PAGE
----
After Vatican verdict, Guam archbishop apologizes for predecessor’s ‘harm’
Pope Francis greets Archbishop Anthony S. Apuron of Agana, Guam, during his general audience in Paul VI hall at the Vatican Feb. 7. A Vatican tribunal found Archbishop Apuron guilty of sexual abuse of minors. PAUL HARING/CNS
By Carol Glatz
CATHOLIC NEWS SERVICE
March 20, 2018
Publicly apologizing on behalf of the whole archdiocese for the “grave harm” caused by former Archbishop Anthony S. Apuron of Agana, Archbishop Michael J. Byrnes said a new chapter of humility, repentance and healing has opened for the Catholic Church in Guam following a Vatican verdict against his predecessor.
“I called and still call upon all Catholics on Guam to intensify their prayers and with great humility, offer sacrifice for the grave harm and sins which we have experienced or have enabled in our church,” Archbishop Byrnes said during a news conference in Guam March 18.
“We hang our heads in shame for the grave evil one member inflicted upon others, in this case the most vulnerable,” he said in remarks, which were later released in a written statement.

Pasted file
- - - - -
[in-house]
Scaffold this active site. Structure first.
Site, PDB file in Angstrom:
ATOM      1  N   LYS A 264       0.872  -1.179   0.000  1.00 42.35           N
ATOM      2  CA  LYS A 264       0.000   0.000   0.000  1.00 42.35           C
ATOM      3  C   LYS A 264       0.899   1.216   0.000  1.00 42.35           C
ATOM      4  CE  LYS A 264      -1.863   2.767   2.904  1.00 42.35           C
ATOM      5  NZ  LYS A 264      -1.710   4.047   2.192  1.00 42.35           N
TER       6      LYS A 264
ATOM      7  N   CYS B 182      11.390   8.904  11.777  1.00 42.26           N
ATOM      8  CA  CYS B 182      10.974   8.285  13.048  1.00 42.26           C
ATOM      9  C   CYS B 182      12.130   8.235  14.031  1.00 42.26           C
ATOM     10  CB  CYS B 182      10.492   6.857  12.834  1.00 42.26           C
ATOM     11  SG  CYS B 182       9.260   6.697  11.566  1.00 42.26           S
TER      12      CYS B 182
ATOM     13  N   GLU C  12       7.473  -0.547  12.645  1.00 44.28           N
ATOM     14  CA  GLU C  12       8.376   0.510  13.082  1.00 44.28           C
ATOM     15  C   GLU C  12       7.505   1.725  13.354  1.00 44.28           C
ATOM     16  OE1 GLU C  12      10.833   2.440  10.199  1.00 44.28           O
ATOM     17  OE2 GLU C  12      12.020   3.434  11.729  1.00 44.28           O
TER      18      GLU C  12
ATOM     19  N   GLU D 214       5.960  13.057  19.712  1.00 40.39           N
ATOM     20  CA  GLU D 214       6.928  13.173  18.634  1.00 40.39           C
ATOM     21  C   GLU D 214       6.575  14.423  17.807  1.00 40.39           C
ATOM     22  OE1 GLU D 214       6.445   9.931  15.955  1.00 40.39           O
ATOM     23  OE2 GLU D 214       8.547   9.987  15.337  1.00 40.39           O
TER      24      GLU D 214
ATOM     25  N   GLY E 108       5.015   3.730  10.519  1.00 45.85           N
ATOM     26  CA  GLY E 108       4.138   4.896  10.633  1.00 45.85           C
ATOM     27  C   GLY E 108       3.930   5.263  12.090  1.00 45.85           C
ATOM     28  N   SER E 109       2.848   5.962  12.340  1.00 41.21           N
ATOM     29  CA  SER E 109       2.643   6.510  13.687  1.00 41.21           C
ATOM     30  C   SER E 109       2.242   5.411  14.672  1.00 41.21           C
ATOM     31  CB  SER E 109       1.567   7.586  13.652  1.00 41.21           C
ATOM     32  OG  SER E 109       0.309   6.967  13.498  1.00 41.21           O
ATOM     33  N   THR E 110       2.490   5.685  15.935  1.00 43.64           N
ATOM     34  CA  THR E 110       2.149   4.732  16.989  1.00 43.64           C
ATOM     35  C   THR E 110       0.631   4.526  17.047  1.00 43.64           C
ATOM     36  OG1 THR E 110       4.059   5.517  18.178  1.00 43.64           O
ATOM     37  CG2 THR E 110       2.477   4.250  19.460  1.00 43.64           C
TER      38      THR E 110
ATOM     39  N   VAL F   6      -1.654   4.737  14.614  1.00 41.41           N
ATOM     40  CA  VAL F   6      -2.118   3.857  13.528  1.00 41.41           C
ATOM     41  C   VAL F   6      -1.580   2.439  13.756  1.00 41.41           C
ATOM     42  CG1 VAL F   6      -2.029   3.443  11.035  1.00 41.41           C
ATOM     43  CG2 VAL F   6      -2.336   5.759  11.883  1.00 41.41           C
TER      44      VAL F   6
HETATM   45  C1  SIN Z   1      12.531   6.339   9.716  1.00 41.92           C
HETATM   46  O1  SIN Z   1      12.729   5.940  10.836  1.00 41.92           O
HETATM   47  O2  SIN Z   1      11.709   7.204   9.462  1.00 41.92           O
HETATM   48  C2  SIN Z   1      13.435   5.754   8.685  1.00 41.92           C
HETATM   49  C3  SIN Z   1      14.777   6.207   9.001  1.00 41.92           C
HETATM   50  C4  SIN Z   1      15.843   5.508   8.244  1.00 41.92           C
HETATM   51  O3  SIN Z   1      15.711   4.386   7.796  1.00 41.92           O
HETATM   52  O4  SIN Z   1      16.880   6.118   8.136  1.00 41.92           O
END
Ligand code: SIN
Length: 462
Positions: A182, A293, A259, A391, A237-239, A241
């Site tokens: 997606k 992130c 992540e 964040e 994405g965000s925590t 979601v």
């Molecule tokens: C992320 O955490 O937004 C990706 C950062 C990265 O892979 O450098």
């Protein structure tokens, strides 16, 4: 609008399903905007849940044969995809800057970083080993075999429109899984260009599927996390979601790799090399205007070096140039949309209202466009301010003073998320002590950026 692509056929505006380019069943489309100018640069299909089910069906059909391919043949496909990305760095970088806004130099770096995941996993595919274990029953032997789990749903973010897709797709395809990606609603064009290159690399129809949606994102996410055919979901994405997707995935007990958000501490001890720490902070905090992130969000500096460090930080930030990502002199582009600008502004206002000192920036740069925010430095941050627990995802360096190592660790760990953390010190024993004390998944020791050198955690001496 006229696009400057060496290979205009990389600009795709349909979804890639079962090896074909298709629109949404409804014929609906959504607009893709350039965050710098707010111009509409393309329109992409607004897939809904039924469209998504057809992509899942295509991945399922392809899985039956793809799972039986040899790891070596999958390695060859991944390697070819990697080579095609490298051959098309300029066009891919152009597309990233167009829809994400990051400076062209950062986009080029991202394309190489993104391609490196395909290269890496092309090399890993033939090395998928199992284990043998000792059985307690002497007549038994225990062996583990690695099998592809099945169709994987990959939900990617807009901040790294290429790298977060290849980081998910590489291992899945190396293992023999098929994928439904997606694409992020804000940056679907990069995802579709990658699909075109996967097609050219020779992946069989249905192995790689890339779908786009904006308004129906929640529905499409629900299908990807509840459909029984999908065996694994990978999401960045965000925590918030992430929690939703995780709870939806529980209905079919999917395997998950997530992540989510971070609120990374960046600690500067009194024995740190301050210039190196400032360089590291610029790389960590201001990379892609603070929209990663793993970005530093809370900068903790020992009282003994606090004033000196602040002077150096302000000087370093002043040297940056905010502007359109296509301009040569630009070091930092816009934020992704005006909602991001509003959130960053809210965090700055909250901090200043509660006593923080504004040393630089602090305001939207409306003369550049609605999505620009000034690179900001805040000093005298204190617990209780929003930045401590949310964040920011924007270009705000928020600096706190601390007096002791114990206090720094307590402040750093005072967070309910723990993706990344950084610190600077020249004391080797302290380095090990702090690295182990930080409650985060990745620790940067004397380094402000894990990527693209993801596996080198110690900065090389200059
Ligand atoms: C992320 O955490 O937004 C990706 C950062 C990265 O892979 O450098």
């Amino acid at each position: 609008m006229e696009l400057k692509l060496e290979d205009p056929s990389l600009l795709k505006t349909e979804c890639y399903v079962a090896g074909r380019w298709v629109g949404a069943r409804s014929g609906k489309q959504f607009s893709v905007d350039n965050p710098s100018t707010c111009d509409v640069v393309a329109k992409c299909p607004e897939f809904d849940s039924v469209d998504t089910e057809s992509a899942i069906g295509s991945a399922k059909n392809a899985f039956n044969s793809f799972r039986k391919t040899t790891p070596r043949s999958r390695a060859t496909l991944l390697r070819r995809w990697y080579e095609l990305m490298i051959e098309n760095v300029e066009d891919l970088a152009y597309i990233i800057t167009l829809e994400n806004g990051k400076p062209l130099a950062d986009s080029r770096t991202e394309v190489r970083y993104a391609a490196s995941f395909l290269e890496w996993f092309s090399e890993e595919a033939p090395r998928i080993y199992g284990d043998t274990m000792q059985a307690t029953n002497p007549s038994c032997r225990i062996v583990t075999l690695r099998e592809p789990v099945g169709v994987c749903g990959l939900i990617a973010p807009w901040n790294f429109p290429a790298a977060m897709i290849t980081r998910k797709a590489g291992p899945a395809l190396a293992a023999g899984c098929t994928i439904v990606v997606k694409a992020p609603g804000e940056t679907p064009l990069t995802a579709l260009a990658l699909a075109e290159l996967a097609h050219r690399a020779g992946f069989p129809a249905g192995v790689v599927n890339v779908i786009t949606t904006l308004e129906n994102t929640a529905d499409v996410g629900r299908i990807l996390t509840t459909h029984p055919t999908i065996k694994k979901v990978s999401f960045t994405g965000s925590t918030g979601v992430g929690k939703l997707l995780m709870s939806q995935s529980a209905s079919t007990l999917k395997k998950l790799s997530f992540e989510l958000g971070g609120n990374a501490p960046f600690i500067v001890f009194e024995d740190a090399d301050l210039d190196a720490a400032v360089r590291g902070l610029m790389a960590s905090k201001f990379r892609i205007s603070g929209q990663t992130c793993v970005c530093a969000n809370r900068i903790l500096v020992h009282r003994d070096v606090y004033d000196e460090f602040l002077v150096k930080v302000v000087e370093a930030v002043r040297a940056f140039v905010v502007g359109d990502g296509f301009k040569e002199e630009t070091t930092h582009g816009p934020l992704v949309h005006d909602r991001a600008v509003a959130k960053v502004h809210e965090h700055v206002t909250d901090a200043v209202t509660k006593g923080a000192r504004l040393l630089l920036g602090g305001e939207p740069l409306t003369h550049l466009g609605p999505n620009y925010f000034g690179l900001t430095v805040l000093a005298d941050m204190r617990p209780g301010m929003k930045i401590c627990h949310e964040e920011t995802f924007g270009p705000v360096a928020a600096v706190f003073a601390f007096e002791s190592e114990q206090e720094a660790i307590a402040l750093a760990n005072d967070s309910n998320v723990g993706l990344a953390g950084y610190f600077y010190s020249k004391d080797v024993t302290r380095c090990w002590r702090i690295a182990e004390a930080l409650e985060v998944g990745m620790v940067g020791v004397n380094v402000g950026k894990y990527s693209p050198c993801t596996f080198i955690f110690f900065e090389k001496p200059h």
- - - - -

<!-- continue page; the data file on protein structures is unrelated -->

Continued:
“Our prayers for the victims of child abuse by Bishop Apuron and all victims of abuse here and worldwide continue; so shall our efforts to bring healing and restoration to all victims of clergy sexual abuse and to ensure this never happens again,” he said.
Archbishop Byrnes, who has been leading the archdiocese since 2016, made his comments after a Vatican tribunal announced March 16 it found Archbishop Agana guilty of some of the accusations made against him, including the sexual abuse of minors.
After a canonical trial conducted by the apostolic tribunal of the Congregation for the Doctrine of the Faith, Vatican judges imposed the following sanctions on the 72-year-old archbishop: the removal from office and a prohibition from residing in Guam. The archbishop can and will appeal.
During the news conference, Archbishop Byrnes said he did not know on what charges the former archbishop had been found guilty and which ones had been dismissed. In fact, he told local reporters, he had received no communication about the trial’s findings other than “I got a phone call saying to go to this site” to read the Vatican’s public announcement.
He said there had been no follow-up from the Vatican either as of March 17 and he assumed the former archbishop was now to be called Bishop Apuron, since losing the office of archbishop meant also losing the title associated with it.
“We’ll see with the appeal” what the final situation will be, he added.
Archbishop Apuron released a statement March 17 through his lawyer, Jacqueline Taitano Terlaje: “While I am relieved that the tribunal dismissed the majority of the accusations against me, I have appealed the verdict. … God is my witness; I am innocent and I look forward to proving my innocence in the appeals process.”